A recent opinion rendered by the Appellate Division has important implications for all law enforcement officers, and all public employees for that matter, who are considering applying for disability retirement while simultaneously fighting disciplinary charges.  The case, Cardinale v. Board of Trustees, Police and Firemen’s Retirement System, A-1997-17T1, involved a police officer who was subject to disciplinary charges in connection with a positive drug screening. The officer initially admitted to using cocaine, completed drug and alcohol treatment, but then tested positive for the substance thereafter.  The officer was charged with violating departmental rules and regulations and was suspended from duty. While the disciplinary charges were pending an initial hearing, the officer submitted an application for ordinary disability retirement benefits with the Board of Trustees for the Police and Firemen’s Retirement System (“the Board”).

A hearing was eventually conducted in the officer’s disciplinary matter and the charges lodged against him were sustained, resulting in his termination from duty. The officer then appealed the termination but managed to settle the disciplinary action while the appeal was pending. In short, the officer agreed to irrevocably resign in exchange for the department’s withdrawal of his termination.

The officer then turned his attention to the application for disability retirement he filed with the Board. The Board, however, declined to process his application in light of his resignation from the department that came about as a result of the settlement he reached in his disciplinary proceeding.  The Board noted that it would have no statutory authority to stop paying benefits to the Officer if his disability later ended. The matter was then transmitted to the Office of Administrative Law before an Administrative Law Judge (“ALJ”). Ultimately,  the ALJ sided with the Board. The ALJ held that because the officer had irrevocably resigned from the police department, neither the department nor the Board would be able to fulfill their statutory obligations to reinstate plaintiff and terminate his benefits.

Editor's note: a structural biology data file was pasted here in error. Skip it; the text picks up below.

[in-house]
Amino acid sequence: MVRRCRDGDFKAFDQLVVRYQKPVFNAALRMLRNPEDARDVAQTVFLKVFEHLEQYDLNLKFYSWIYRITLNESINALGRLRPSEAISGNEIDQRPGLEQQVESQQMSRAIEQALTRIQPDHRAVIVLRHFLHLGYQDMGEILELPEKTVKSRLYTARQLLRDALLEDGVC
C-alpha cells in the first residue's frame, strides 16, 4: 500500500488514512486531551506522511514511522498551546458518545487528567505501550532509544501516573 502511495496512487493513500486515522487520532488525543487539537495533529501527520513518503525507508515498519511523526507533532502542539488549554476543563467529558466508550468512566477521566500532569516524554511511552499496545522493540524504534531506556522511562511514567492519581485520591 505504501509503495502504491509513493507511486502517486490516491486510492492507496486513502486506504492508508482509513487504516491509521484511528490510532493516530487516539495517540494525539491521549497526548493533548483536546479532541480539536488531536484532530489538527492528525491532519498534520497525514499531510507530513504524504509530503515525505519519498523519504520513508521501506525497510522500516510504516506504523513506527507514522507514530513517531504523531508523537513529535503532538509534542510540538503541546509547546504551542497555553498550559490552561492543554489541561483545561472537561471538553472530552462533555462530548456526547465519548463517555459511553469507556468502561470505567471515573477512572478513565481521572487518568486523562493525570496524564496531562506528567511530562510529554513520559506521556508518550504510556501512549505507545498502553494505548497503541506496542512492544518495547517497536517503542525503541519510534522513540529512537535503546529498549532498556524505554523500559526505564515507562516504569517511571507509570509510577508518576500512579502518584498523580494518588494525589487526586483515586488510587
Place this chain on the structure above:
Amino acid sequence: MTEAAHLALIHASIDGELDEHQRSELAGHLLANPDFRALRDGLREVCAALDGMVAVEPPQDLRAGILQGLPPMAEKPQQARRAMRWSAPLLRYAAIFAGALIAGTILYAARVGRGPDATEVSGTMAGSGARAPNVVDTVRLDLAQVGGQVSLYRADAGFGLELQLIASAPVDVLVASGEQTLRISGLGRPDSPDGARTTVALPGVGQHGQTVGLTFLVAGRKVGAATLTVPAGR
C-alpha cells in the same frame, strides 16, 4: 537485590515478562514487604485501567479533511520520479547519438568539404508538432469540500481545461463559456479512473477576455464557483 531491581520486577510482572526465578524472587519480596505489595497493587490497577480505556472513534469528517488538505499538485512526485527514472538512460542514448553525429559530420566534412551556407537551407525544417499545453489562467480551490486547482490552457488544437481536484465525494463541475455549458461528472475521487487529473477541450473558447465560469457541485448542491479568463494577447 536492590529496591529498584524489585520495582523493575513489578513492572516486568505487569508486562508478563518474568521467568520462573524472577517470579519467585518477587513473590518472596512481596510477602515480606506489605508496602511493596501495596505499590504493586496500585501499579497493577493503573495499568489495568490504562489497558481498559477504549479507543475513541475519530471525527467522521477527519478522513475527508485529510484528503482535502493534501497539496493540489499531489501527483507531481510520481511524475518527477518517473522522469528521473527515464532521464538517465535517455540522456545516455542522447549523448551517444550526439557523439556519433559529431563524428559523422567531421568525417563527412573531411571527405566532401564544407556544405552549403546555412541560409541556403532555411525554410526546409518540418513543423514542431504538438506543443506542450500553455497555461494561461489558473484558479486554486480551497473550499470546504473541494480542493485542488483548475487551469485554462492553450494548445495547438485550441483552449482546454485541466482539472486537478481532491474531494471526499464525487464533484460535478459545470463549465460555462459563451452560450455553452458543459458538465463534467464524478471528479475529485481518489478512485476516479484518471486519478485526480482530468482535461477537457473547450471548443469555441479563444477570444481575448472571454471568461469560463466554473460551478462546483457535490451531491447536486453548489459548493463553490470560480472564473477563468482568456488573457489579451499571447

The Officer then appealed the matter to the Appellate Division. There, the appellate court likewise agreed with the Board and affirmed its refusal to process the officer’s application for ordinary disability retirement benefits.  It affirmed the position taken by the Board that once a PFRS member irrevocably resigns his/her position, he/she is ineligible for ordinary disability benefits because he/she cannot return to their position as required by the disability retirement statutes if their disability ends.  Thus, the court noted that the Board would never be able to terminate that person’s benefits.

The statutory requirement at issue stems from N.J.S.A. 43:16A-8(2), which calls for an employer to return a previously disabled employee back to work if that individual is no longer disabled and thus, no longer entitled to disability retirement benefits. Therefore, the Appellate Division held that entertaining an ordinary disability retirement application for members who irrevocably resign from service to settle disciplinary charges would violate public policy, contravene the above-referenced statutory framework, and encourage abuse of the disability retirement system.

The import of this particular decision involves its impact on an officer’s ability to settle pending disciplinary charges. In sum, if you are weighing an application for disability retirement and also have disciplinary charges pending, keep in mind that irrevocable resignation is not a viable option to resolve the latter if you still intend on pursuing the former.